Congress members introduce E-Government Act to House –

U.S. Senator Joseph Lieberman joined a group of U.S. Congress members on Thursday to introduce the E-Goverment Act of 2001 in the U.S. House of Representatives.

The act is designed to accelerate the federal government's use of technology to better serve citizens and heighten efficiencies, said Lieberman, a Democrat from Connecticut who introduced the act to the Senate in May with its cosponsor Senator Conrad Burns, a Republican from Montana.

"E-government has been a bipartisan effort, today it becomes bicameral as well," Lieberman said during a press conference at the Capitol. "The era of big government is over; we are committed to a smaller, smarter government. New information technologies are tools to help us achieve these goals."

Specifically, the act calls for naming a federal chief information officer (CIO) who would implement information policy, facilitate coordination across federal agencies, set standards and protocols to be used, and oversee procurement and funding. It would also fortify the Federal CIO Council, created in 1996 to help executive branch agencies share IT ideas and policy recommendations, by establishing its responsibilities and authority by statute.

The act also includes the creation of an e-government fund of US$200 million annually, a single government portal, and a federal IT training center, among other things.

"The goal is simple: decrease the amount of time citizens spend in line and increase the resources they can turn to online," said Representative Jim Turner, a Democrat from Texas who spoke at the press conference.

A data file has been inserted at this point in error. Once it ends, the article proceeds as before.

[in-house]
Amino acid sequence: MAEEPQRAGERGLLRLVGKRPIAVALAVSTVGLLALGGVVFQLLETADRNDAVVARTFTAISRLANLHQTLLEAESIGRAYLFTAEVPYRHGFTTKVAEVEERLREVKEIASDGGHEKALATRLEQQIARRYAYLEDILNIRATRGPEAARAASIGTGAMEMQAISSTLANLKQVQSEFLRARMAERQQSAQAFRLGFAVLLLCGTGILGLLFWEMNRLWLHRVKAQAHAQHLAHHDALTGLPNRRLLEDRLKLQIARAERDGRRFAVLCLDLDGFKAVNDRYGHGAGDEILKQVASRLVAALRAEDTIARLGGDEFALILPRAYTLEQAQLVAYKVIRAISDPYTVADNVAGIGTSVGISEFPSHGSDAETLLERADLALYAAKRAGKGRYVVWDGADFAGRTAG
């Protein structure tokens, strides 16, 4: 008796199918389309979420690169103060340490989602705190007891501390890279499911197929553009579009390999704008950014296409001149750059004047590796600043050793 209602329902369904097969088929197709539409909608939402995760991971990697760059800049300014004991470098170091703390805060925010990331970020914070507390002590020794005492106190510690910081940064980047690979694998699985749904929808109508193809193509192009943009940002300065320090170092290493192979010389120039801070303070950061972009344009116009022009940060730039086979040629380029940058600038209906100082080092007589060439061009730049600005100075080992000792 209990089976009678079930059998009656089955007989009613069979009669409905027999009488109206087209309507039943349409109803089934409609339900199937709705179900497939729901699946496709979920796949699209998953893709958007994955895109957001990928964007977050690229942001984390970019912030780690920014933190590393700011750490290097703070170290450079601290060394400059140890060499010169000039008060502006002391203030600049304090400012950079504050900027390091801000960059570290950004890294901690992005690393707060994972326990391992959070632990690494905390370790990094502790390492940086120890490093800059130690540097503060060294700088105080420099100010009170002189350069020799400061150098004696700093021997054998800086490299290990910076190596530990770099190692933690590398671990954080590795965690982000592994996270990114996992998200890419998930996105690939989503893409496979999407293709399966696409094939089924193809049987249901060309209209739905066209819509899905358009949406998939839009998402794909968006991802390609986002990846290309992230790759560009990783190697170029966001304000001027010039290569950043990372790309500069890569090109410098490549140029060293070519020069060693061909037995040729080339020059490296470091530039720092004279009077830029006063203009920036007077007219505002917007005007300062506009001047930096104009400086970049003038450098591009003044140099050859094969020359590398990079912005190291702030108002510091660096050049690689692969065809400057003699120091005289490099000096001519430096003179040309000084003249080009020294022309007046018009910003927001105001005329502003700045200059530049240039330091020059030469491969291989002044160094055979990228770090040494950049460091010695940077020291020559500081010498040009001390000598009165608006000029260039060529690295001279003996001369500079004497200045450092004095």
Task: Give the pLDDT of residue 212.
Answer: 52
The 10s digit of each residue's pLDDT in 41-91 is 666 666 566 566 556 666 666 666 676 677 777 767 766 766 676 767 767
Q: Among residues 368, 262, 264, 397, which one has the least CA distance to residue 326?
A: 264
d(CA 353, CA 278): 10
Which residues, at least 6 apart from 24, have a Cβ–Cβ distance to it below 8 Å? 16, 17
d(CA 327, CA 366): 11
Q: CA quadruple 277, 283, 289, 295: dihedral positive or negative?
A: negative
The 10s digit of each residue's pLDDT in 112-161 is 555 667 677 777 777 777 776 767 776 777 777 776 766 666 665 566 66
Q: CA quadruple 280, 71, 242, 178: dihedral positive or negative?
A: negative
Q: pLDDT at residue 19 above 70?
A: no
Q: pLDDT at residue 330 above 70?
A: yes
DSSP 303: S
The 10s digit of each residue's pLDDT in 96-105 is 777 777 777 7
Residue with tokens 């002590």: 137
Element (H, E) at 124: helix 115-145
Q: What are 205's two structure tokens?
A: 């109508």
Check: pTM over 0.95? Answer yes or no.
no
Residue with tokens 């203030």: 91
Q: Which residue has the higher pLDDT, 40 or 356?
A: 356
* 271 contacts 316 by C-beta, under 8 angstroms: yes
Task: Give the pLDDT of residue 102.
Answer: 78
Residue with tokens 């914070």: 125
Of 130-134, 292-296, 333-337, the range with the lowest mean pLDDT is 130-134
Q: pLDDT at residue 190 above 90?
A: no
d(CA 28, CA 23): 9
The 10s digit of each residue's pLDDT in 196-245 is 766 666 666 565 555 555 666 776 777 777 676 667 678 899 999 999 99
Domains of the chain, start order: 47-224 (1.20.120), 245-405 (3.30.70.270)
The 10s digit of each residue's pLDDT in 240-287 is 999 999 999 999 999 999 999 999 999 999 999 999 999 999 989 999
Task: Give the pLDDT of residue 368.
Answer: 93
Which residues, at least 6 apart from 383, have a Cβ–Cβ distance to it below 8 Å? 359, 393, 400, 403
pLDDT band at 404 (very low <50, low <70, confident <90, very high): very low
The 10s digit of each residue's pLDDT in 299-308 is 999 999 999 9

Turner introduced to the house similar legislation last year that would create a federal CIO with its own office, reporting directly to the president. This year's bill is broader in scope, he said, and places the federal CIO within the U.S. Office of Management and Budget (OMB).

On Wednesday Lieberman, who is chairman of the Senate Government Affairs Committee, held a hearing about the act during which Sean O'Keefe, deputy director of OMB, spoke. "O'Keefe supported the bill basically, but we do disagree on implementation," Lieberman said at the Thursday press conference. Many e-government issues are handled by officials in OMB, but are buried under too many layers of management, according to the act's sponsors. They propose that the federal CIO report to the director of OMB. The federal CIO must be made "as closely accountable to the chief executive of the organization as you possibly can," which in this case means President George Bush, Lieberman said.

"President Bush has an MBA (Master of Business Administration). He should know that information flow is critical to effective management," added Representative Jane Harman, a Democrat from California during the press conference. "No CEO would run her company without a chief information officer. The federal government should learn from the private sector."

Lieberman added that he is optimistic that the E-Government Act of 2001 will become law this year.

Senator Lieberman's Web site is More information about the House of Representatives can be found at

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